Human rights practices in Bahrain

How timely. The US Department of State released the 2004 Country Reports on Human Rights Practices two days ago. Click here to read the Bahrain report. But here's an exceprt from the summary:

Problems remained in the Government's respect for human rights. Citizens did not have the right to change their government. The Government prohibits political parties, and none exist. Impunity of government officials remained a problem, as did the lack of independence of the judiciary and discrimination against the Shi'a population, women, and foreign nationals. The press reported that some judges were corrupt. The Parliament investigated an instance of government corruption involving the government pension funds. The Government continued to infringe to some extent on citizens' privacy rights, and it restricted the freedoms of speech, the press, assembly, and association. Journalists routinely practiced self-censorship. The Government also imposed some limits on freedom of religion and freedom of movement. Violence against women and discrimination based on sex, religion, and ethnicity remained a problem. There was reported discrimination in the job market. In May, the Council of Representatives rejected a law making discrimination a crime punishable under the country's 1976 Penal Code. Abuse of foreign workers occurred, including numerous instances of forced labor and some instances of trafficking.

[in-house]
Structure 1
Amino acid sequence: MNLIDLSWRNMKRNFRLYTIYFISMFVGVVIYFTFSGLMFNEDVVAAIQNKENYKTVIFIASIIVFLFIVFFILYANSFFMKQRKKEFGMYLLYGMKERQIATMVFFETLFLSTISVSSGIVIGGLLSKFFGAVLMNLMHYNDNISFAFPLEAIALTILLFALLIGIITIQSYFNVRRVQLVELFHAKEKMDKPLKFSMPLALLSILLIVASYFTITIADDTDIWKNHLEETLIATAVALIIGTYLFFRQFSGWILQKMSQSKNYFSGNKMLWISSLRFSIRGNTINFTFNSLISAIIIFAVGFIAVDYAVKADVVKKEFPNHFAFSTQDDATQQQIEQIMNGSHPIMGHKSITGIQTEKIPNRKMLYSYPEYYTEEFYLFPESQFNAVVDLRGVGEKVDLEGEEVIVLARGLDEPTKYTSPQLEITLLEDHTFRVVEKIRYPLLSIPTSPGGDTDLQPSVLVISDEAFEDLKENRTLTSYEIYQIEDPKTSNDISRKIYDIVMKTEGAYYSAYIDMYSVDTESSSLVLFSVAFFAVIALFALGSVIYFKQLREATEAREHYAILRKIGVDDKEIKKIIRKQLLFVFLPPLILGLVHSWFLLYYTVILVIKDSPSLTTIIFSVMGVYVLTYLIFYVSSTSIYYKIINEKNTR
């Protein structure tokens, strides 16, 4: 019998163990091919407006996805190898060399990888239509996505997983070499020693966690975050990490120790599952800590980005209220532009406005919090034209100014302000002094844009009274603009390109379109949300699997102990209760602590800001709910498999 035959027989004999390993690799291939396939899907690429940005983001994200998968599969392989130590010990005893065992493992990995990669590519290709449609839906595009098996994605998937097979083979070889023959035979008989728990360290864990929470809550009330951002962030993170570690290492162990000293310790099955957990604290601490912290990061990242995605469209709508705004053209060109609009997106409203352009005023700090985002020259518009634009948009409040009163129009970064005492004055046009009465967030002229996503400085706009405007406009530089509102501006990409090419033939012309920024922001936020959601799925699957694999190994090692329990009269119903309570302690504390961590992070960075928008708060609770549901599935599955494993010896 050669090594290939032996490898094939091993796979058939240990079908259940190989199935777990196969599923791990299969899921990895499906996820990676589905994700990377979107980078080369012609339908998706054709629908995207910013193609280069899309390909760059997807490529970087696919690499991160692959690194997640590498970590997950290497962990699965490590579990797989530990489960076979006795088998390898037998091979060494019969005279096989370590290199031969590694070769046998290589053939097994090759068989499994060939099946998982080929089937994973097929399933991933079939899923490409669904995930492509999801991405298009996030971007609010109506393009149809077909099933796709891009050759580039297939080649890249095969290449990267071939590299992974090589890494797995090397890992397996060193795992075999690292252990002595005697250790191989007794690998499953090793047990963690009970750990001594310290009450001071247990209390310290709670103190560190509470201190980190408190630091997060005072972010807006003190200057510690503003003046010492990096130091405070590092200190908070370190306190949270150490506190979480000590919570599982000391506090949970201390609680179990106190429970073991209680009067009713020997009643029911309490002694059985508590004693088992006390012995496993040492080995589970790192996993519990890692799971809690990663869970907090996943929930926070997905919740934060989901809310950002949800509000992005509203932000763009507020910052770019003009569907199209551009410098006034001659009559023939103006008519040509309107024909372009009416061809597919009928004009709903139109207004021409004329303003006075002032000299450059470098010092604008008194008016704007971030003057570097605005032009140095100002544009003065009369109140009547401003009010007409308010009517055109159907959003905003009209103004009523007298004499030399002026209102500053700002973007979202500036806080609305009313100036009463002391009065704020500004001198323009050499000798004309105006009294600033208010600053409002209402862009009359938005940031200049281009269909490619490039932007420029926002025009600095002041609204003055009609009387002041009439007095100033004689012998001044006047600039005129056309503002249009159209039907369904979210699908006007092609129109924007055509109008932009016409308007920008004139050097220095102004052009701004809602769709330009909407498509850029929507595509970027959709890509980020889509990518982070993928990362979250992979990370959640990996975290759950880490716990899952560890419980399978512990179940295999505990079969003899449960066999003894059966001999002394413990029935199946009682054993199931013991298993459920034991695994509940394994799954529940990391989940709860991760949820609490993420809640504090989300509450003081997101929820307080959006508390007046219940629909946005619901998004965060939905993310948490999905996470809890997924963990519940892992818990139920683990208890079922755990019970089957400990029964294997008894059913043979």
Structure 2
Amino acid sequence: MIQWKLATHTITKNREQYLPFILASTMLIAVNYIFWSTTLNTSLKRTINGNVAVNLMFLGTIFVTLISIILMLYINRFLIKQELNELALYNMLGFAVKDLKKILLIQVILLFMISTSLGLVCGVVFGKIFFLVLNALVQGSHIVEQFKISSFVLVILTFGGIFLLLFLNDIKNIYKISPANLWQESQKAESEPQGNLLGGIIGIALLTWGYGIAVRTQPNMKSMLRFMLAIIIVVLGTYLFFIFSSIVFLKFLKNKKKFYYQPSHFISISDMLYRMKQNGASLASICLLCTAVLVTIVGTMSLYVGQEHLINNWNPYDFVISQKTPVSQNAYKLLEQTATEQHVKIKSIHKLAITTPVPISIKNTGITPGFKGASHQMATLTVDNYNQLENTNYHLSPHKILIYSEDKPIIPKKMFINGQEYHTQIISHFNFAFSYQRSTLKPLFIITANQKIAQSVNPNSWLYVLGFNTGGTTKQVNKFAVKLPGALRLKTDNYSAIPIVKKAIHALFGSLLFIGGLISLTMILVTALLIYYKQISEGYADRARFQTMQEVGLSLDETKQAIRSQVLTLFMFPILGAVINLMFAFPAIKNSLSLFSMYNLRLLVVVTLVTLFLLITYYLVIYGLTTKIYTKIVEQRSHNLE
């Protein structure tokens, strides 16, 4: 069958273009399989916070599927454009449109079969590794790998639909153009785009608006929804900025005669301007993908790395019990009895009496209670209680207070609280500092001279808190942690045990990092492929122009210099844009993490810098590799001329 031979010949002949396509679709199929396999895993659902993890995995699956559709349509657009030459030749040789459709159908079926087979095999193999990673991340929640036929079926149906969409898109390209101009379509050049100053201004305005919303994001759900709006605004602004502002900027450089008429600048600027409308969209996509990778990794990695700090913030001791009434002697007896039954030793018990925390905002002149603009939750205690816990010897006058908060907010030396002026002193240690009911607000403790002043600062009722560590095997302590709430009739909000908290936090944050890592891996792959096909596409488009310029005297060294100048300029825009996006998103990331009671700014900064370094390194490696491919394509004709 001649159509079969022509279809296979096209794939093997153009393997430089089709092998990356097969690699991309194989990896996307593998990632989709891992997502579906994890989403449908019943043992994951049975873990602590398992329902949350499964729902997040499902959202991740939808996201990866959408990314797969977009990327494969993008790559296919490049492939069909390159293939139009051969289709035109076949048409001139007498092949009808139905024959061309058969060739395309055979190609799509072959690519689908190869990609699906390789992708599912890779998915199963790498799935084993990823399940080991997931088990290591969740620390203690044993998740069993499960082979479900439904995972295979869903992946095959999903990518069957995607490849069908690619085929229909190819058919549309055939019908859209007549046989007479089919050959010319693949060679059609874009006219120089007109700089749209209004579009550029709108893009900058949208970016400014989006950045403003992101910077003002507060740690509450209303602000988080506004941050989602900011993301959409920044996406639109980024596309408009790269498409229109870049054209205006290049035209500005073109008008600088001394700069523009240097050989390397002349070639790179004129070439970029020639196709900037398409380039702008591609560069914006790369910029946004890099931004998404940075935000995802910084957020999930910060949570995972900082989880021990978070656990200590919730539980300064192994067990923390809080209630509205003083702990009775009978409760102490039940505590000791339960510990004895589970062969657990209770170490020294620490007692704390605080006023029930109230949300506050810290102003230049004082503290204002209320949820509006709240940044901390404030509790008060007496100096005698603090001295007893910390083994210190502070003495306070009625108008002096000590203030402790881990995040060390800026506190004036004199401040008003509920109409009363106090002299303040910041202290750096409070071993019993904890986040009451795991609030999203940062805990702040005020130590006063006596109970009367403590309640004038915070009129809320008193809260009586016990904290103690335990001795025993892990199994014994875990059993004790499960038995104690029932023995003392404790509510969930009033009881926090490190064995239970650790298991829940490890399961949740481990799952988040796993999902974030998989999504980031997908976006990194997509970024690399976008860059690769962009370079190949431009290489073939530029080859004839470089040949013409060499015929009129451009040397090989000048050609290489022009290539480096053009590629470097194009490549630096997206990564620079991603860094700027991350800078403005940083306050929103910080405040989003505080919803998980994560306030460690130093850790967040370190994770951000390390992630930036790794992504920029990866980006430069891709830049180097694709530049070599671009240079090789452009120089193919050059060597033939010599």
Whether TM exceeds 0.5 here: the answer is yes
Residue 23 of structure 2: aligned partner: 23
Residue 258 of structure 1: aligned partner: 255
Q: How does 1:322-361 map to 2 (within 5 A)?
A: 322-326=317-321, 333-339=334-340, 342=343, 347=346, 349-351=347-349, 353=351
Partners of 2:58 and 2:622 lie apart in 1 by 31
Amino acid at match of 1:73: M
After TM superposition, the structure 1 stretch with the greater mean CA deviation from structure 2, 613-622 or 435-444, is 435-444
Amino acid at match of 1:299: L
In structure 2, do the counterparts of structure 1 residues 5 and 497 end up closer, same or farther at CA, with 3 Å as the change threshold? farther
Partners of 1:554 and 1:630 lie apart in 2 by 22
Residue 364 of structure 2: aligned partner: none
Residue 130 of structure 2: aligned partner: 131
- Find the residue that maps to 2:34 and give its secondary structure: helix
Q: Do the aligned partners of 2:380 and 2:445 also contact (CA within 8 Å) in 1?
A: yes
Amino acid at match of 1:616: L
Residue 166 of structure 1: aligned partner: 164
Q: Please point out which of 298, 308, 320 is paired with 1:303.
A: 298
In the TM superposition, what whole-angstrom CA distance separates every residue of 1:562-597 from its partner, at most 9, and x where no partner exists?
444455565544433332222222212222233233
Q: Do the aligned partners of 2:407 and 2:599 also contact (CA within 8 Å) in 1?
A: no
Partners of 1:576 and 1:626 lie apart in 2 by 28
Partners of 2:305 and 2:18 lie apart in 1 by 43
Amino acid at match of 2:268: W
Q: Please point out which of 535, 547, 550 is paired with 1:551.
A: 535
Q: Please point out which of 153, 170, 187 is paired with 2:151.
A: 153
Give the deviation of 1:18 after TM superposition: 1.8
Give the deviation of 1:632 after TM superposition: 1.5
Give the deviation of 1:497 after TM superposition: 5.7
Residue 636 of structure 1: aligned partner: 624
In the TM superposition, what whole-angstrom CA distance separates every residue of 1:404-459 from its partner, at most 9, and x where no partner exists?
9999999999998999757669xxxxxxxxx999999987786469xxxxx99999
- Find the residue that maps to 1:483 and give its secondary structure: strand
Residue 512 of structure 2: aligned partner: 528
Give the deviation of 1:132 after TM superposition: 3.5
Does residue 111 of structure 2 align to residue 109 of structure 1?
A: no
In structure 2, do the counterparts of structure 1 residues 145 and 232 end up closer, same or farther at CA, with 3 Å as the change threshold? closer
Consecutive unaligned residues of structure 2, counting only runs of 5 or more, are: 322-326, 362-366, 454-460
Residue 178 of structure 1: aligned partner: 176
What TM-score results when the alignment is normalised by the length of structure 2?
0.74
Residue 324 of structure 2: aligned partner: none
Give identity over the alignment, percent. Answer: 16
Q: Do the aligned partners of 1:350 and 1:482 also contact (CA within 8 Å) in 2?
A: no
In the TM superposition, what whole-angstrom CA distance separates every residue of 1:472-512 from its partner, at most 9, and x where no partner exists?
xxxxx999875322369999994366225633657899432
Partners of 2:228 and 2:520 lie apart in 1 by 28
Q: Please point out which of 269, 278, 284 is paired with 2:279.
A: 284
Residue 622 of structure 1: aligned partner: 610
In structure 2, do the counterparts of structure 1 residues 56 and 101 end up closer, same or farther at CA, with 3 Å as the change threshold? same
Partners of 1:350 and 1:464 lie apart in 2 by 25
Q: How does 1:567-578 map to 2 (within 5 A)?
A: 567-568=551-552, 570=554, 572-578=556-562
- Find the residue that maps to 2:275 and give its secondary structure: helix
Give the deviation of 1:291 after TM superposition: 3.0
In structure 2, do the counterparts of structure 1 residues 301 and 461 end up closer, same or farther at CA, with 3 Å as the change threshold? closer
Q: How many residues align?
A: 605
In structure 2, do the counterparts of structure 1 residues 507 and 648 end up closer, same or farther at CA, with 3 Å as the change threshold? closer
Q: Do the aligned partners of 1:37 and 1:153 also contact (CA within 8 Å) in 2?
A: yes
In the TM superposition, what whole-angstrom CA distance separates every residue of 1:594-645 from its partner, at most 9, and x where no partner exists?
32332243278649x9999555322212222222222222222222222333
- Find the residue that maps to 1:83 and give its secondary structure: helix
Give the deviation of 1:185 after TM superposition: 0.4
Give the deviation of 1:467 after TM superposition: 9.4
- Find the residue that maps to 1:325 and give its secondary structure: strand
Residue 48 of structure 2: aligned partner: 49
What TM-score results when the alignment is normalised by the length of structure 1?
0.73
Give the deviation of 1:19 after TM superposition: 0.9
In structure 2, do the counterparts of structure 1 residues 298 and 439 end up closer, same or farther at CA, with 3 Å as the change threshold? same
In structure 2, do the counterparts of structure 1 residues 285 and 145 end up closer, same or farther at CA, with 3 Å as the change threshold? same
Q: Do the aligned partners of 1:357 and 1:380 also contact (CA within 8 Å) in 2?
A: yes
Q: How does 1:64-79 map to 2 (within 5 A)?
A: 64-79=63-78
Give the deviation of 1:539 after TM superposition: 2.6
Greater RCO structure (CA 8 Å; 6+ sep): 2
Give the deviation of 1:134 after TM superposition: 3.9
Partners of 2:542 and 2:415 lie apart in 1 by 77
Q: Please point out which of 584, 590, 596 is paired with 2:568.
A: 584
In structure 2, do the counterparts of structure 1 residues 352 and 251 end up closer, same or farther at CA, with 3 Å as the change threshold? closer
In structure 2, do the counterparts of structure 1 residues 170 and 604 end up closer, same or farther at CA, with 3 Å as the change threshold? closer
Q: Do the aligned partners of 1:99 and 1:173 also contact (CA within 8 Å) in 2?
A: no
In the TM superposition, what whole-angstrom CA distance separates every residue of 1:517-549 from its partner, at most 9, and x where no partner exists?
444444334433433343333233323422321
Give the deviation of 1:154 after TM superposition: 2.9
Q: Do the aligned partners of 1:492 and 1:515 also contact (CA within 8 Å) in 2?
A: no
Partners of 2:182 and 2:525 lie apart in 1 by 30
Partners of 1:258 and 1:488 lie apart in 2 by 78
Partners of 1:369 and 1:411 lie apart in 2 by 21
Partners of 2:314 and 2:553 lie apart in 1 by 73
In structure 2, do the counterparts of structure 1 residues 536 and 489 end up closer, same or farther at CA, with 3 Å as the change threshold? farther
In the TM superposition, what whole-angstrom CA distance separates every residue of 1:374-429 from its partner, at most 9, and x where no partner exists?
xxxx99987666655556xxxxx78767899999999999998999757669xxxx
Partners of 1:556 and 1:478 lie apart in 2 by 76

The Government took initial steps to improve the judiciary process with the transparent recruitment of new judges, training of judges and prosecutors, establishment of an office of mediation, and steps to speed up [hah!] the court process that automates case management. Five judges were dismissed for corruption. The Government also provided increased human rights training to law enforcement officers. (Continued)